Ehrensperger, Kathy 1956–

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Ehrensperger, Kathy 1956–


Born March 8, 1956. Education: University of Basel, Switzerland, B.A., 1980, M.A., 1983; University of Wales Lampeter, Ph.D., 2002. Attended University of Bern, Switzerland.


Office—University of Wales, Lampeter, Department of Theology and Religious Studies, Ceredigion SA48 7ED, Wales. E-mail—[email protected].


Writer, educator, minister, lecturer, broadcaster, reviewer, translator, and theologian. University of Wales, Lampeter, Ceredigion, senior lecturer in New Testament Studies, program director for distance learning, and director of Lampeter Center for Biblical Studies, 2004—. City parish of Binningen-Bottmingen, Basel, Switzerland, senior minister, 1987-2003. Host of monthly television broadcasts, Religious Issues Today, 2000-03. Swiss Reformed Church, minister, ordained, 1987.


Society of Biblical Literature, British New Testament Society, European Society of Women in Theological Research.


(Translator, with Wolfgang Stedman) Krister Stendahl, Das Vermächtnis des Paulus: Neues vom Römerbrief, published as Final Account: Paul's Letter to the Romans, Fortress Press (Minneapolis, MN), 1996.

That We May Be Mutually Encouraged: Feminism and the New Perspective in Pauline Studies, T & T Clark International (New York, NY), 2004.

Paul and the Dynamics of Power: Communication and Interaction in the Early Christ-Movement, T & T Clark (New York, NY), 2007.

Contributor to books, including Navigating Romans through Cultures: Challenging Readings by Charting a New Course, edited by Yeo Khiok-Khng, T & T Clark (New York, NY), 2004; Romans: Shared Ground, Uncertain Borders, edited by Cristina Grenholm and Daniel Patte, T & T Clark (New York, NY), 2005; Reading Romans with Contemporary Philosophers and Theologians, edited by David Odell Scott, T & T Clark (New York, NY), 2007; and Searching for Meaning: A Practical Guide to New Testament Interpretation, edited by P. Gooder, SPCK (London, England), 2008. Contributor to periodicals and journals, including Journal of Scriptural Reasoning, Lexington Theological Quarterly, and Journal of Beliefs and Values.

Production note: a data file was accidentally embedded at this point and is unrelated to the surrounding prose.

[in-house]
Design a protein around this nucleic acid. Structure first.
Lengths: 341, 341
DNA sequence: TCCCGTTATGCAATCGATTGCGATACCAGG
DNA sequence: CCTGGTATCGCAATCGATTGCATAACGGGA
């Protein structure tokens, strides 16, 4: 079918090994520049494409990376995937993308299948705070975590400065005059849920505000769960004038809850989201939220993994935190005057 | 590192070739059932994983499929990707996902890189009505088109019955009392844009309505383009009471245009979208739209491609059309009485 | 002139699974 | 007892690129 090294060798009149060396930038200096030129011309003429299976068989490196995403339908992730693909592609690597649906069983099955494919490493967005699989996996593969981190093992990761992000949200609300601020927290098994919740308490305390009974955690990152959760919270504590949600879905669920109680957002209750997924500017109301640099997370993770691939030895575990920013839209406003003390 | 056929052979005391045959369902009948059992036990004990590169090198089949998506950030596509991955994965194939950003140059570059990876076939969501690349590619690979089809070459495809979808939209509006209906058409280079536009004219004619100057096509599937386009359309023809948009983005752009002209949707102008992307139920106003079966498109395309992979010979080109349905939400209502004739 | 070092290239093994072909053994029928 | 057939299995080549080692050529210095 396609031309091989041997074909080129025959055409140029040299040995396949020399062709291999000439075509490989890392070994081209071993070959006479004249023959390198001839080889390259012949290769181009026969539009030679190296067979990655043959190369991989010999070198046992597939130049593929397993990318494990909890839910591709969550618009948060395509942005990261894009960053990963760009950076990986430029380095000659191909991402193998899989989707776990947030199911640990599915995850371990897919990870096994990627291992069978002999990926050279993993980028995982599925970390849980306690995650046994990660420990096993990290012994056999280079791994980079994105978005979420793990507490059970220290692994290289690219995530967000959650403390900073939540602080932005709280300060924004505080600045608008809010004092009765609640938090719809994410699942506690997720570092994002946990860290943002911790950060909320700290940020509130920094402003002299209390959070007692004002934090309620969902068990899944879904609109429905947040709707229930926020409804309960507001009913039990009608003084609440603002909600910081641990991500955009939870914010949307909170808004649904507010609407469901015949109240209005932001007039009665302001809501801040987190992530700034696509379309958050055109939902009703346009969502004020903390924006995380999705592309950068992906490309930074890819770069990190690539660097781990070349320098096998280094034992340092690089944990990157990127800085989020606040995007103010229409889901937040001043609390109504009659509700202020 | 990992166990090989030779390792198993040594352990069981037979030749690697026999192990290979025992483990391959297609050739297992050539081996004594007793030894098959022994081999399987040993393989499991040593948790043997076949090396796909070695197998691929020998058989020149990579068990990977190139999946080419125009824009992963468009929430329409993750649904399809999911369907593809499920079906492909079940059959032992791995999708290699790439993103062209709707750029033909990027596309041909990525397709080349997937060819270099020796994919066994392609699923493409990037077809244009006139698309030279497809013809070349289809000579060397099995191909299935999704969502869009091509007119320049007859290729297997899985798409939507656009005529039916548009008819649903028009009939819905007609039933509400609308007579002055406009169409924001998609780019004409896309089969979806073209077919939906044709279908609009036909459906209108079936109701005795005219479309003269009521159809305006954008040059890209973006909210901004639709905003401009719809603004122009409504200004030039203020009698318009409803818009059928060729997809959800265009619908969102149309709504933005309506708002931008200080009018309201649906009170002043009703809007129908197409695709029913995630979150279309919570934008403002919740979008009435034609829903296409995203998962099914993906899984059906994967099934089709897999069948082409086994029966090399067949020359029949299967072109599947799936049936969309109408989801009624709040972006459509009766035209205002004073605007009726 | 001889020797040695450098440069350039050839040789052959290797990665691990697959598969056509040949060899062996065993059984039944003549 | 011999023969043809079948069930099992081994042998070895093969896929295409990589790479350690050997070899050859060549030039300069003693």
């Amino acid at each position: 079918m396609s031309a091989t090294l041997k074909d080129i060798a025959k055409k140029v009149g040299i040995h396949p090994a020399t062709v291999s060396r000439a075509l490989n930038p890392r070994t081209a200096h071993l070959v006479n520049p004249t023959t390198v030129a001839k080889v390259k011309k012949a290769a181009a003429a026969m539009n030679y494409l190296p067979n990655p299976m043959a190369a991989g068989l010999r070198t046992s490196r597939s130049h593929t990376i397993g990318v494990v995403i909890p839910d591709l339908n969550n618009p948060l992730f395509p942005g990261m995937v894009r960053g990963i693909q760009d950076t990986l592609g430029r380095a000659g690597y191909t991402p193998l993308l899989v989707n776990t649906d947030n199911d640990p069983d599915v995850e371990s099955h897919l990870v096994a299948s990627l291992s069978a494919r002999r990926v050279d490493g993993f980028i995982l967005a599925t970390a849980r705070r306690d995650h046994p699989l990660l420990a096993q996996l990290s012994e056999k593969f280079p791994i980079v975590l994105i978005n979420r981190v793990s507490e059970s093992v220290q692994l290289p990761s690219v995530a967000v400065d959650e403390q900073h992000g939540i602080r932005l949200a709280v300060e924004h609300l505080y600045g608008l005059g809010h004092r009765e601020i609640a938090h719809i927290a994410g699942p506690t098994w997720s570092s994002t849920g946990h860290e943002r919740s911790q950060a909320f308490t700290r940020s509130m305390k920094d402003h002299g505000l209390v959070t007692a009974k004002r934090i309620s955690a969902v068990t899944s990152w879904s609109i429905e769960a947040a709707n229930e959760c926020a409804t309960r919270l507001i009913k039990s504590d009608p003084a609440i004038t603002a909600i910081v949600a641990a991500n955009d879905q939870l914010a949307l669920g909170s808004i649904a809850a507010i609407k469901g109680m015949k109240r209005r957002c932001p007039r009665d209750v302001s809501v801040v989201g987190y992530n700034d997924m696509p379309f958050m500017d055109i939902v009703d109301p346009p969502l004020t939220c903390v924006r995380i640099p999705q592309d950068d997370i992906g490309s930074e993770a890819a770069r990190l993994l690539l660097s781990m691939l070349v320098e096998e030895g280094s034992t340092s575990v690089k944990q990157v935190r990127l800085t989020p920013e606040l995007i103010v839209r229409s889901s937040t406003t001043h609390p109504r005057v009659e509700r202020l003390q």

Kathy Ehrensperger is a writer, educator, administrator, and theologian at the University of Wales, Lampeter. There, she serves as senior lecturer in New Testament Studies, as program director for distance learning, and as director of the Lampeter Center for Biblical Studies. She earned her B.A. and M.A. at the University of Basel, in Switzerland, and her Ph.D. from the University of Wales. Ehrensperger is a frequent lecturer and presenter at conferences and meetings and at other universities, having participated in events sponsored by organizations such as the Society of Biblical Literature, the Swiss Society of Feminist Theologians, and the British New Testament Society. In addition to her academic work, Ehrensperger is an ordained minister in the Swiss Reformed Church and for some sixteen years served as senior minister in the city parish of Binningen-Bottmingen in Basel.

Much of Ehrensperger's scholarly work focuses on the prominent biblical figure Paul, noted a biographer on the University of Wales, Lampeter Web site. She studies such areas as the Jewish contest of Paul's theology; meal traditions and hospitality as represented in Paul; connections and interactions between Paul and Scripture; and how the message of the gospel is transmitted across cultures in the Pauline letters. In addition, Ehrensperger works with topics such as hermeneutical presuppositions in New Testament interpretation, the social history of the Second Temple Period, and issues of gender and culture in the origins of Christianity. She is the author of numerous articles for scholarly journals as well as criticism and book reviews.